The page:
How well is the global priority group of elderly above 60 vaccinated? We don’t know for sure. Primary vaccination data only cover 55% of countries and 29% of the global elderly count. Booster data are even more sparse. But the data that are available suggest elderly vaccination has been a mixed bag: it is highly regressive and appears not always to have been a strong priority. No surprise therefore that the world’s excess death tally is so high. Even when vaccines were available, vaccinations remained lacking. The global priority group of the elderly has been poorly prioritized.
The concentration of excess mortality among the elderly
The recent release by the WHO of excess death estimates by age distribution is a wake-up call for anyone interested in how the elderly have been affected during this age-discriminating pandemic. The estimates (see chart below) suggest a whopping 12.2 million elderly (60+) have died during 2020 and 2021. They made up 82% of the global excess death tally of 14.9 million.
This heavy toll is a multiple of what the officially published data suggest. Officially reported COVID-19 deaths end 2021 totaled 5.4 million, which differs by a factor of 3 from the WHO’s excess mortality estimate. Granted the official data are concerned only with COVID-19 fatalities, whereas excess mortality captures the broader effects of the pandemic – both positive and negative. Still, the sheer magnitude of the difference suggests massive undercounting.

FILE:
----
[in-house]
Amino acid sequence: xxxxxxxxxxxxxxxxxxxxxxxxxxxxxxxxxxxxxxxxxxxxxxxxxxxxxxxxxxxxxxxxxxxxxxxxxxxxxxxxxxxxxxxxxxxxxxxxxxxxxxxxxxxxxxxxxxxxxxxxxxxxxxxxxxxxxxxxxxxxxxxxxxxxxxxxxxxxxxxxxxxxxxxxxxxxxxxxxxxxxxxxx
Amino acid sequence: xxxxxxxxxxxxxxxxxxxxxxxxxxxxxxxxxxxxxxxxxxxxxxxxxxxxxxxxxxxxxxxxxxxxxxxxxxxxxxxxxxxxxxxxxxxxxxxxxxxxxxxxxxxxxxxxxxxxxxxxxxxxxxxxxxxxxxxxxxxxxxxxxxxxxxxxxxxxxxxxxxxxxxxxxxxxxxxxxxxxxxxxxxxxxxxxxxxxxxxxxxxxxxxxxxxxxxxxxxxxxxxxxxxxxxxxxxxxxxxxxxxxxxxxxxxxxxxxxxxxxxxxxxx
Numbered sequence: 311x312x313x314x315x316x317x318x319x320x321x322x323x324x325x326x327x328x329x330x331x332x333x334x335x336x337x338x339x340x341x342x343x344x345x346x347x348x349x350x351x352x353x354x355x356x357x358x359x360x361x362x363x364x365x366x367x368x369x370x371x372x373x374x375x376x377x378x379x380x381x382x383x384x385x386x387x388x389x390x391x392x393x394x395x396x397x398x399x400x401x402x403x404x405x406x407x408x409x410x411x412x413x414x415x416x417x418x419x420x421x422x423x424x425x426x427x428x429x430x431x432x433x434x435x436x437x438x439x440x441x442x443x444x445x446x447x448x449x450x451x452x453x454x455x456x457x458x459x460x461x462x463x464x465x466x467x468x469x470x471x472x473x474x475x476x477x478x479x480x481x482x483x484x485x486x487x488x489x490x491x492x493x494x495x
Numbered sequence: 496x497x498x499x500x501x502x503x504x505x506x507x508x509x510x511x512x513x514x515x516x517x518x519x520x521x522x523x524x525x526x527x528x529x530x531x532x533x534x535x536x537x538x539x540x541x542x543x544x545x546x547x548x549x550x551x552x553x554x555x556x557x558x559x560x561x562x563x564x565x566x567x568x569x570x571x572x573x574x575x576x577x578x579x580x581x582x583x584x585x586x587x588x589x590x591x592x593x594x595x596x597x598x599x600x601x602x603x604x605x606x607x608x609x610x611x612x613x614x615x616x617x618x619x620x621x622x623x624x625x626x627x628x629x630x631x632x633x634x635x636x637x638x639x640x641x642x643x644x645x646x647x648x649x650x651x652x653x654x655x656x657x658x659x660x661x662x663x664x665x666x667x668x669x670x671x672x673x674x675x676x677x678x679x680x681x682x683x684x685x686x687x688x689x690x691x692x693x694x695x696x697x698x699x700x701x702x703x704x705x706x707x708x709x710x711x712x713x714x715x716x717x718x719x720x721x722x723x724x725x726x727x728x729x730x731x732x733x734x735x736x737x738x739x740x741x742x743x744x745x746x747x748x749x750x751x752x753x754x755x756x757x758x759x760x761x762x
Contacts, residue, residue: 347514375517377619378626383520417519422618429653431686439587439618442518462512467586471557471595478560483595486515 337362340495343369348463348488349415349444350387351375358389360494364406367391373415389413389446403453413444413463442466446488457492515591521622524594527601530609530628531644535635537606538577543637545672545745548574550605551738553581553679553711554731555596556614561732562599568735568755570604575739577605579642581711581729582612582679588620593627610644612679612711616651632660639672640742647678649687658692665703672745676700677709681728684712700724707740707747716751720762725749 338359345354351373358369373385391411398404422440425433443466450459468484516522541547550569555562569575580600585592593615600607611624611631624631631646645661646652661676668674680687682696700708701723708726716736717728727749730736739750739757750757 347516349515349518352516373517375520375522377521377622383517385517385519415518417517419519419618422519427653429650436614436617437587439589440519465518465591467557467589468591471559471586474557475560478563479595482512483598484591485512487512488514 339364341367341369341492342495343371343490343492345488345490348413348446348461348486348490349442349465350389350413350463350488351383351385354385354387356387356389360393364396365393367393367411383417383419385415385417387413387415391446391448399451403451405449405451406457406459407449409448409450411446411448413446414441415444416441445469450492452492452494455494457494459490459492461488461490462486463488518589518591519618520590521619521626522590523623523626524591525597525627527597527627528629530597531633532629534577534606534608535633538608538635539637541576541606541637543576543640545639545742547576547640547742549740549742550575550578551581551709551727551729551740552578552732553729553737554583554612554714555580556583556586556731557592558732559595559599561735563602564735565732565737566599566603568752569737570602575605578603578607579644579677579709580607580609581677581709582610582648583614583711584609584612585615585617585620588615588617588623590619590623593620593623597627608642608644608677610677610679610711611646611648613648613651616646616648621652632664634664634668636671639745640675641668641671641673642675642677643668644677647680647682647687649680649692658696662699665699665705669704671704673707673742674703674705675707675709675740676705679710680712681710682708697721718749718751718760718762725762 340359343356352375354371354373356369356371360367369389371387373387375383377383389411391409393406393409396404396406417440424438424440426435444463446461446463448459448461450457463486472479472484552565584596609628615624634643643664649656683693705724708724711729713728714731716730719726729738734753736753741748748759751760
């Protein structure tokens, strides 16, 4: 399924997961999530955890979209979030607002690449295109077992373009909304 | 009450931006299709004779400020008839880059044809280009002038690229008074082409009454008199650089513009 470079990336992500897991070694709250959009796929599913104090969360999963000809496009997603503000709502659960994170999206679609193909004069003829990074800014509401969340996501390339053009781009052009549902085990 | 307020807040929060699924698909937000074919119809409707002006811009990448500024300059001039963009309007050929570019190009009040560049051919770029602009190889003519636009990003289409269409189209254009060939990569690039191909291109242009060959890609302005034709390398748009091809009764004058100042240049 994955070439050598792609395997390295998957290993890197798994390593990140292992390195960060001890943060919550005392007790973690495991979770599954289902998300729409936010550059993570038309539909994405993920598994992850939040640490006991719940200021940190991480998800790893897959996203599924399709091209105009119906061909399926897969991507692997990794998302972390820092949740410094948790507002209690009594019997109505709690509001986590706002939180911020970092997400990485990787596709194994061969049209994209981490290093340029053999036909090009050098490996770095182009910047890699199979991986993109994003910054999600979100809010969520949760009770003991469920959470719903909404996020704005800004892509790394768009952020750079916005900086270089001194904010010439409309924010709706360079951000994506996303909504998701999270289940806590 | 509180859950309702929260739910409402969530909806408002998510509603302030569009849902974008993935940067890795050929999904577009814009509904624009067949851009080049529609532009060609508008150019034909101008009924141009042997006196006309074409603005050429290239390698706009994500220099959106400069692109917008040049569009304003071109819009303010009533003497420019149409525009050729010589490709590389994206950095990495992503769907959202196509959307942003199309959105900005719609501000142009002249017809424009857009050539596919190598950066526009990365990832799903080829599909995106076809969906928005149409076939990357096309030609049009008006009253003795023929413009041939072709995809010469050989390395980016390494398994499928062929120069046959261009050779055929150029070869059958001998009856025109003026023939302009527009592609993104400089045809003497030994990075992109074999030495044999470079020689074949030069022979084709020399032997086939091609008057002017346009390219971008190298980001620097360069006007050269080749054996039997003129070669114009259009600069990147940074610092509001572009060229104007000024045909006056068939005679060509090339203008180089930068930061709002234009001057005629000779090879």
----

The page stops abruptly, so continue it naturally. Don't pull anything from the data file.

The chart below is split up by World Bank income classification, which groups countries into high income, upper-middle income, lower-middle income and low income (hence, the acronyms HIC, UMIC, LMIC and LIC). Notice how much the UMICs and LMICs contribute to the global death toll. That’s not only because they count many elderly people in the absolute, but also because the elderly mortality rates have been high among these groups (check out this post for the details).
Given the high levels of effectiveness of vaccines, one obvious reason why so many elderly died is of course that they were not vaccinated. The underlying reasons for lack of vaccination or undervaccination may be plenty. Early on in the vaccination campaign, there was a sheer shortage of vaccines everywhere. Had vaccines been better prioritized at the global level (so that, for example, elderly diabetics in Nigeria had been vaccinated before healthy teenagers in the US), many preventable deaths could have been prevented.
Of course, elements other than cross-border vaccine inequity are at play. Vaccination efforts within countries may be poorly prioritized. That may be intentional if the belief is that younger cohorts are more exposed to the virus and transmission can be better curtailed by prioritizing them. But it may also be unintentional, reflecting factors such as poor planning, logistical challenges, vaccine hesitancy and consumer selectivity on the demand side.
Primary and booster vaccination of the global 60+ cohort
We should mention at the start that the WHO database on vaccine uptake by age has considerable gaps. Primary vaccination data covers only 55% of all countries and only 29% of the global headcount of the elderly. Booster data availability is slightly worse. HIC and, interestingly, LIC data are more available than UMIC and LMIC data. The absence of China, India and Indonesia means that the share of the elderly covered in the middle-income country groups is even lower. These data limitations are documented in the annex below as well as in the note to each chart.